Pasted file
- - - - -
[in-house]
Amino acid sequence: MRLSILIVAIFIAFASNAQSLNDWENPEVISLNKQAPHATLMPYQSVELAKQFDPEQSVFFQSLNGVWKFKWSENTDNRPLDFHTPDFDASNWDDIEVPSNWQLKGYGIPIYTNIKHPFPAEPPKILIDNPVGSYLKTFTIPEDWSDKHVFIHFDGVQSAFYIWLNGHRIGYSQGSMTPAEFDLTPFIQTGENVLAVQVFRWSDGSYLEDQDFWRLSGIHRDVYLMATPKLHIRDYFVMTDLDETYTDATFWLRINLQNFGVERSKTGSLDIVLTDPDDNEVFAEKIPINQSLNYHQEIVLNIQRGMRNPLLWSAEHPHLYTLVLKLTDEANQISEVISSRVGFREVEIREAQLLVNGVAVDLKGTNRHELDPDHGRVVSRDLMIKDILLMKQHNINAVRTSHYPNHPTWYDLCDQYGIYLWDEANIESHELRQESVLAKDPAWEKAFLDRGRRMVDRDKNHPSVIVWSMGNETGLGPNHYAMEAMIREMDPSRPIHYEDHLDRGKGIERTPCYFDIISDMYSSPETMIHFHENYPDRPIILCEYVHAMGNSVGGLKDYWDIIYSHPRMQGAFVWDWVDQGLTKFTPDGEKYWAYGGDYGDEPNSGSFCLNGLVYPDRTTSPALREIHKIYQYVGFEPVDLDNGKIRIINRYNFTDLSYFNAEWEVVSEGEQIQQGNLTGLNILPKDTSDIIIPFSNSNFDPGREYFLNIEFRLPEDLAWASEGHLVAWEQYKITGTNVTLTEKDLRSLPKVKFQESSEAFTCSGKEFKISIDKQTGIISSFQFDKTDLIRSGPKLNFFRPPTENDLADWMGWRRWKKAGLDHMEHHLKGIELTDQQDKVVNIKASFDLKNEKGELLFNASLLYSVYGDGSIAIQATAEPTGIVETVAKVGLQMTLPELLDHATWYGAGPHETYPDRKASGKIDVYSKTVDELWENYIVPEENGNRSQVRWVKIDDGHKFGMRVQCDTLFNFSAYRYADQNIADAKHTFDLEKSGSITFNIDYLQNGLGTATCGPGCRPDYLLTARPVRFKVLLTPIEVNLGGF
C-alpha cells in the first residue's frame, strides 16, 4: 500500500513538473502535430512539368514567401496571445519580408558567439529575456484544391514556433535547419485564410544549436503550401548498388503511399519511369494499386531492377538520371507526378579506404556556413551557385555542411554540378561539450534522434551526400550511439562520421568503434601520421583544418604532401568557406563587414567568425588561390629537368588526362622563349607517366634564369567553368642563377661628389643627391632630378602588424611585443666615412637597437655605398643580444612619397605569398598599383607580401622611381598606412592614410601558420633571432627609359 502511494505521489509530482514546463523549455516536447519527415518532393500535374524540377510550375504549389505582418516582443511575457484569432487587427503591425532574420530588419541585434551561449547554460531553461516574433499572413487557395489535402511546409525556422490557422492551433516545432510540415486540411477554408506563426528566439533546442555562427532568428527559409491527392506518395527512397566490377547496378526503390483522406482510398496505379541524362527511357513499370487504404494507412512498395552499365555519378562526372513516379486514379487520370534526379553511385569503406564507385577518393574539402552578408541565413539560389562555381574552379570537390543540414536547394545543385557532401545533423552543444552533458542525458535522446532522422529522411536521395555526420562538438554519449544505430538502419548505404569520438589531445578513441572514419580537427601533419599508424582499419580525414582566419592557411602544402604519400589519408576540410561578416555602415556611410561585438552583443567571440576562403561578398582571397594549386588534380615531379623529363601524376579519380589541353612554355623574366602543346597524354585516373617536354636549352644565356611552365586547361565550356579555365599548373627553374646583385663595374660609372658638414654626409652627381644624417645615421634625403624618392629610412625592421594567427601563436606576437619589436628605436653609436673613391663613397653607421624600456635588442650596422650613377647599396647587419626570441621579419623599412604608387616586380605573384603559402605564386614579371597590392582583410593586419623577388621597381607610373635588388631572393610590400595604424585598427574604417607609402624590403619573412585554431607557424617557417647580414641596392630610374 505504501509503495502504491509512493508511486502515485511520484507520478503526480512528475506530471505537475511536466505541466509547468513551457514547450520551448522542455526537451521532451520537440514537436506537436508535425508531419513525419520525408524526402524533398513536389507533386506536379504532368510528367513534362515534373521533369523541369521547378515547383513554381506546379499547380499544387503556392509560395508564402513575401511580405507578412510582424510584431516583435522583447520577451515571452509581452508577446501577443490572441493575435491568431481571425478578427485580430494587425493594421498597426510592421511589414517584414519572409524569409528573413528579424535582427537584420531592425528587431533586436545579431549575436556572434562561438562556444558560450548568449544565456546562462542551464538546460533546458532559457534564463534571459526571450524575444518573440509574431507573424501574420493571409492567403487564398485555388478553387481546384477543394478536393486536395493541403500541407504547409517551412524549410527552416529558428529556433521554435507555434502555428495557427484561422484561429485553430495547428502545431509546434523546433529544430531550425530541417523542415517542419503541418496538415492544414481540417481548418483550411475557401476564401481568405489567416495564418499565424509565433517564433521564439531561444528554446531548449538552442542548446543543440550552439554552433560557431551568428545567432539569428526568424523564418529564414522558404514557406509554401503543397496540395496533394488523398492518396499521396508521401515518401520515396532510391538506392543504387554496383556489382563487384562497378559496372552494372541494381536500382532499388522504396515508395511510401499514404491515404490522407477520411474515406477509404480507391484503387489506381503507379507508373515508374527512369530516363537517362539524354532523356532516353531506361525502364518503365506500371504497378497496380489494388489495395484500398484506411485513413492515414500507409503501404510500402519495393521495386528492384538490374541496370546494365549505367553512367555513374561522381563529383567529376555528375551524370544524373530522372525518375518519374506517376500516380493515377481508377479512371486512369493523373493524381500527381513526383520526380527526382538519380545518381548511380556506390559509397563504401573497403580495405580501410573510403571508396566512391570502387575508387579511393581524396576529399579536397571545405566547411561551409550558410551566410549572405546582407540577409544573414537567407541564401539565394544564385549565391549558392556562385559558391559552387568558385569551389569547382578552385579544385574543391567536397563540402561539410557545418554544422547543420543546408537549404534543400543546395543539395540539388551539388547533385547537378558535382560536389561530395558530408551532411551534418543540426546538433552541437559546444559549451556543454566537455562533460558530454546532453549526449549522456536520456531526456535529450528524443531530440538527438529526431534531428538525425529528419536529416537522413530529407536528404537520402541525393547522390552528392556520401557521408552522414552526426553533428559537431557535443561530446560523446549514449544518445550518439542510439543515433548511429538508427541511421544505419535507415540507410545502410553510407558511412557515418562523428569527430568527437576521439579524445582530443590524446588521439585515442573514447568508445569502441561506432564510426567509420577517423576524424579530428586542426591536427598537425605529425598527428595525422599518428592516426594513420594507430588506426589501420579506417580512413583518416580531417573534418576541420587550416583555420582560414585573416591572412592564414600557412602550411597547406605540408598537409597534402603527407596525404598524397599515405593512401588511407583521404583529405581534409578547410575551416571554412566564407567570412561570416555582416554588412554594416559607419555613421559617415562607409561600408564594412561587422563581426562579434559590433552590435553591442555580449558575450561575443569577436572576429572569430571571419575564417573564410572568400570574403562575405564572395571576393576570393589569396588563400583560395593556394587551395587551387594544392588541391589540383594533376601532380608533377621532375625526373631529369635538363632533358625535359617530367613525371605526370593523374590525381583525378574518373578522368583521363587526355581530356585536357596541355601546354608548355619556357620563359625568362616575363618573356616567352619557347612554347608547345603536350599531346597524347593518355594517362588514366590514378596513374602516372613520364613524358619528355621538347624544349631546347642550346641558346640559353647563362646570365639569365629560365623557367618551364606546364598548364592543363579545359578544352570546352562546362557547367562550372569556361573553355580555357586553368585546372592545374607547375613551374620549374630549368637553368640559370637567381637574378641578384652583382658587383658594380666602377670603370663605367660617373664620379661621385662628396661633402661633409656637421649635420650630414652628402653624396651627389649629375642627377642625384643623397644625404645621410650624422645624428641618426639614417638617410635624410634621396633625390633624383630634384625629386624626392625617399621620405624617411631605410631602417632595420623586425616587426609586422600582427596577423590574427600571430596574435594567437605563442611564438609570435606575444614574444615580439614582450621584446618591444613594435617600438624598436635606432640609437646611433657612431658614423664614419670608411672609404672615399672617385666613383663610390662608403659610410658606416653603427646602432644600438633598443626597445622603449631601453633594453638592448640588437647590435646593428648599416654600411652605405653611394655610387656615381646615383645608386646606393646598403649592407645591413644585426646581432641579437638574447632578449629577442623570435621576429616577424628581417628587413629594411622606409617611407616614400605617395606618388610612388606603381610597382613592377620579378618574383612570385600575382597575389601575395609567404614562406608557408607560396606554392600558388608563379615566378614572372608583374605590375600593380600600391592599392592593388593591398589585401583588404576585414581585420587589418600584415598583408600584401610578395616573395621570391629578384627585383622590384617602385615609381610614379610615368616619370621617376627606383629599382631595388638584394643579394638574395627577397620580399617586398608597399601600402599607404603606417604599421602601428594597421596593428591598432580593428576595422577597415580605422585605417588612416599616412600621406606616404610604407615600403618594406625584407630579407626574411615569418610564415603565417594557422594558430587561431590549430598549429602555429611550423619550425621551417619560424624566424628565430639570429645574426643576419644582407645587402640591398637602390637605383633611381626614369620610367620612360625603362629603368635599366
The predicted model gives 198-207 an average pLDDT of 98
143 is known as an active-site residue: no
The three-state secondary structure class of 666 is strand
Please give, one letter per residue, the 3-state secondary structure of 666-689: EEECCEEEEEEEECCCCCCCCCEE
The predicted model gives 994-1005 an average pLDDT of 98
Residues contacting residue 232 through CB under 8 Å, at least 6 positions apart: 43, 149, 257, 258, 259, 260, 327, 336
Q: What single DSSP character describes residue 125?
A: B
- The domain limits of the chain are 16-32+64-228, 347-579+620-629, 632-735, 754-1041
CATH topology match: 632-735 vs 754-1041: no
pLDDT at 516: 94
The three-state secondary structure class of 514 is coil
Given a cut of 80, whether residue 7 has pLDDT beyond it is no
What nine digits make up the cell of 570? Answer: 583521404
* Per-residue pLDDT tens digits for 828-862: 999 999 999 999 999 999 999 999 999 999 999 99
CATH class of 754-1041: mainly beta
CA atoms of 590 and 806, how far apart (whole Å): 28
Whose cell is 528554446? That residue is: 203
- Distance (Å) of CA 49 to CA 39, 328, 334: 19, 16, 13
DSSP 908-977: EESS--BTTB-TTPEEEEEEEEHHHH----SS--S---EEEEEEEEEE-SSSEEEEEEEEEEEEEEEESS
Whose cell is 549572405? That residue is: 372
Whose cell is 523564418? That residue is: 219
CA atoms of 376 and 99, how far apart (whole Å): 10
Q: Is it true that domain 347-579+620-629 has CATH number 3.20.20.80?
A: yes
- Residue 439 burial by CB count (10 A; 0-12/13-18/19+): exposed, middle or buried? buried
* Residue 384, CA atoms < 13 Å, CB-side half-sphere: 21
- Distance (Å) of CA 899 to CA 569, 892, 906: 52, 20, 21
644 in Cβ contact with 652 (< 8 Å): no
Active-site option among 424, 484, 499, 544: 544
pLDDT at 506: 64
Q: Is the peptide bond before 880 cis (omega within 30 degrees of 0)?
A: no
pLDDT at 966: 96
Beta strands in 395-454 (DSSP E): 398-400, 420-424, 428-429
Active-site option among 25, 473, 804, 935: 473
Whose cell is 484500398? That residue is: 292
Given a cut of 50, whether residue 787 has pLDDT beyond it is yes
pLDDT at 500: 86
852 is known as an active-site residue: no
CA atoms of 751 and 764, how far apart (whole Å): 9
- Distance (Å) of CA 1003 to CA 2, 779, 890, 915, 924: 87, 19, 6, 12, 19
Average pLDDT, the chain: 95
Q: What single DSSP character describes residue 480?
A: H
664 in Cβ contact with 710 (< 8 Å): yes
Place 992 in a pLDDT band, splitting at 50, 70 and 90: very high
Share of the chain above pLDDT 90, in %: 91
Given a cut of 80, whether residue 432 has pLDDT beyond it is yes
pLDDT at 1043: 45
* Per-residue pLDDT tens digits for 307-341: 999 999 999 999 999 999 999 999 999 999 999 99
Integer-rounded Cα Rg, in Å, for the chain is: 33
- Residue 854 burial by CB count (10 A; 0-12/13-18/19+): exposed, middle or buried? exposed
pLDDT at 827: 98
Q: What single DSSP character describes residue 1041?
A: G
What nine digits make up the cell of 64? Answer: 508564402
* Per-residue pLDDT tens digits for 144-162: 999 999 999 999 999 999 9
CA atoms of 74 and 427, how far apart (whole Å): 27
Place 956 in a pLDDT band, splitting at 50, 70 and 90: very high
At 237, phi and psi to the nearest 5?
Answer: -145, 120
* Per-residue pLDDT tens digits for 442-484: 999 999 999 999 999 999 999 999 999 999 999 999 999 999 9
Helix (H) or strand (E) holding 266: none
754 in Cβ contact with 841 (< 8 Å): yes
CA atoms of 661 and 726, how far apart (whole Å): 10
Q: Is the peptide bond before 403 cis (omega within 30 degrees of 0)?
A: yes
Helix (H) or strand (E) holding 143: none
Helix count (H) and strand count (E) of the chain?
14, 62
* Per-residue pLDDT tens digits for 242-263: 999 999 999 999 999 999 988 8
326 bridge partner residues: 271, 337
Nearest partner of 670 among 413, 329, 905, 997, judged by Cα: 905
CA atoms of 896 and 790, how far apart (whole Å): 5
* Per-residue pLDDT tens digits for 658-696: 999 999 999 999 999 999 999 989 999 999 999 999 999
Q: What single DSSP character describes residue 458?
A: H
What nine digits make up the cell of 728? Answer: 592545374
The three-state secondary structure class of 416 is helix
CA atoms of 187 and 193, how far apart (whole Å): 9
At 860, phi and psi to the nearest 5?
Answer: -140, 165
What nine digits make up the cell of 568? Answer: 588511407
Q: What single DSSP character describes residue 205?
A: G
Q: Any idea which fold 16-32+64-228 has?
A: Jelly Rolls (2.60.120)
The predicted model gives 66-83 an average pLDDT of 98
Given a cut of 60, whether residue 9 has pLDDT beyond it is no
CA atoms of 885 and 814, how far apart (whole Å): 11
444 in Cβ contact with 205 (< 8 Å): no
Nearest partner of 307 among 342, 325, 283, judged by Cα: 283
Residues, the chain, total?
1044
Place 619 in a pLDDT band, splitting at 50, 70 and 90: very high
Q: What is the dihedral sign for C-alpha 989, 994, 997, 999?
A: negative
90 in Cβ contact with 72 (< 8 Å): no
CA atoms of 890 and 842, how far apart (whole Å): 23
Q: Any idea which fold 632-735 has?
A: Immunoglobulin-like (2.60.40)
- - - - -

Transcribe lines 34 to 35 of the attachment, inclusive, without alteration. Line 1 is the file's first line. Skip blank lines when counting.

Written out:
pLDDT at 506: 64
Q: Is the peptide bond before 880 cis (omega within 30 degrees of 0)?